2. Break my habit of scratching and picking my skin, including biting my lip: I have made some progress here, using a technique Reanna told me about: snapping myself with a hair band around my wrist whenever I had the urge to touch myself. My success varies clearly with my stress level. It requires mindfulness. Another insight/confusion: picking and lip biting, I can tell, are pure stress responses, but the scratching I think is more than that. I seem to be an itchier than normal person. A dermatologist told me that it was the “notoriously harsh” hand-made soap I have been using. I accepted that explanation until I realized on my ride home that he had been wrong. I only use soap on a few key areas. By his reasoning my armpits should be itchier than most of me, and they are not. Any ideas?

3. Celibacy: This has been no problem. I have not been tested, however; no one that I am aware of has wanted to have sex with me. When I first told Grace about this one, she said, “You are going to learn a lot from doing that, but you know, now that you are committed, you will immediately meet someone who will make it very challenging.” Well, not yet.

4. Dance every day, working on 1) musicality 2) vocabulary 3) style: This is going pretty well, though some days my dancing is just a token, so I could say I did. I had a big breakthrough in musicality on my fast dancing at Seattle Balboa Festival in February. The choreography I have been working on with Karly has been helping my working vocabulary. And the main reason I decided to take ballet is to improve my poise and lines. It is easy for me to get into an I-could-be-doing-so-much-more/better state. There is a guy who started in the same beginning class that I did in Eugene who really dove in and is now a rock-star dancer in Portland, winning national competitions. But I still give myself a thumbs up on this one.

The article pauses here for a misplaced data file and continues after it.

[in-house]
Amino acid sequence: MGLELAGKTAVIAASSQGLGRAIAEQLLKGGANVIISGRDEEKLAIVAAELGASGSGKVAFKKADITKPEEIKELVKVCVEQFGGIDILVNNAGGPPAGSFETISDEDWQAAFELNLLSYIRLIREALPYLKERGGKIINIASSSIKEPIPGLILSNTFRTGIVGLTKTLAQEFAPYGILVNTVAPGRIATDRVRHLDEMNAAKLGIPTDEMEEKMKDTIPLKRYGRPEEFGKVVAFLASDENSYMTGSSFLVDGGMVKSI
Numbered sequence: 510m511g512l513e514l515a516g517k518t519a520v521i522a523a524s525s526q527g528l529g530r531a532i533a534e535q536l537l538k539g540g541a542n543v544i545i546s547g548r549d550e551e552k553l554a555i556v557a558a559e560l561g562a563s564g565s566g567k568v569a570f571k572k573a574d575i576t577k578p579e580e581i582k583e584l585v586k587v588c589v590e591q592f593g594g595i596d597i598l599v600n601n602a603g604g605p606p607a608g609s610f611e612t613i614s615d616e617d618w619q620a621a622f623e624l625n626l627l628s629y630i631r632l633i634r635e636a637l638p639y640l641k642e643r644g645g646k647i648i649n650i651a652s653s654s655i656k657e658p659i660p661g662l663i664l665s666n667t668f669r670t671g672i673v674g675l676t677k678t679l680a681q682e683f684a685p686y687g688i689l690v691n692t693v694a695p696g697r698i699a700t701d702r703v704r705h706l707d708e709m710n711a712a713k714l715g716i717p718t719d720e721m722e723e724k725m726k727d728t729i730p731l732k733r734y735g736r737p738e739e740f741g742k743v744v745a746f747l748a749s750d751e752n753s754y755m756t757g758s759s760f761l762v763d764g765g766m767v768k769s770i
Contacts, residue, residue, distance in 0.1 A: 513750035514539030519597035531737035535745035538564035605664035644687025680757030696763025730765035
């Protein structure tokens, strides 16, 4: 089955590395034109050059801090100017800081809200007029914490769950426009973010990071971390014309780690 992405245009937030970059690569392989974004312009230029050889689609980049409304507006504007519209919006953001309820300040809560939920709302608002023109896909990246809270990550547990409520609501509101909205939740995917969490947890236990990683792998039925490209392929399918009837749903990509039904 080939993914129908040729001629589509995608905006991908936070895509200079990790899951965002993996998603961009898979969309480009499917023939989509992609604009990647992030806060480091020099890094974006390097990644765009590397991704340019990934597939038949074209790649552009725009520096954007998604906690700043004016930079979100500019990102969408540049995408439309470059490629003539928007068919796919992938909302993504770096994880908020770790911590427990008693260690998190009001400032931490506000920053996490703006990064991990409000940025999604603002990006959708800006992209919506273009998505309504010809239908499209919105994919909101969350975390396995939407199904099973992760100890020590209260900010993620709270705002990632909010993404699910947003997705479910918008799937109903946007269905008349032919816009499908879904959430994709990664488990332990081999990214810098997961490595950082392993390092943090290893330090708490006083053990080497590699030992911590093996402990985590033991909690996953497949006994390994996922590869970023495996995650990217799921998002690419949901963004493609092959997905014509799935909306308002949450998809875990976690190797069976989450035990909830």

5. Finish bachelor’s degree: Yes. I am on track to graduate with honors on June 13, 2009.

6. Get accepted into a couples and family therapy graduate program: Yes. I start in the University of Oregon’s CFT masters program on September 29 (happy birthday to me!), 2009. I’m very excited.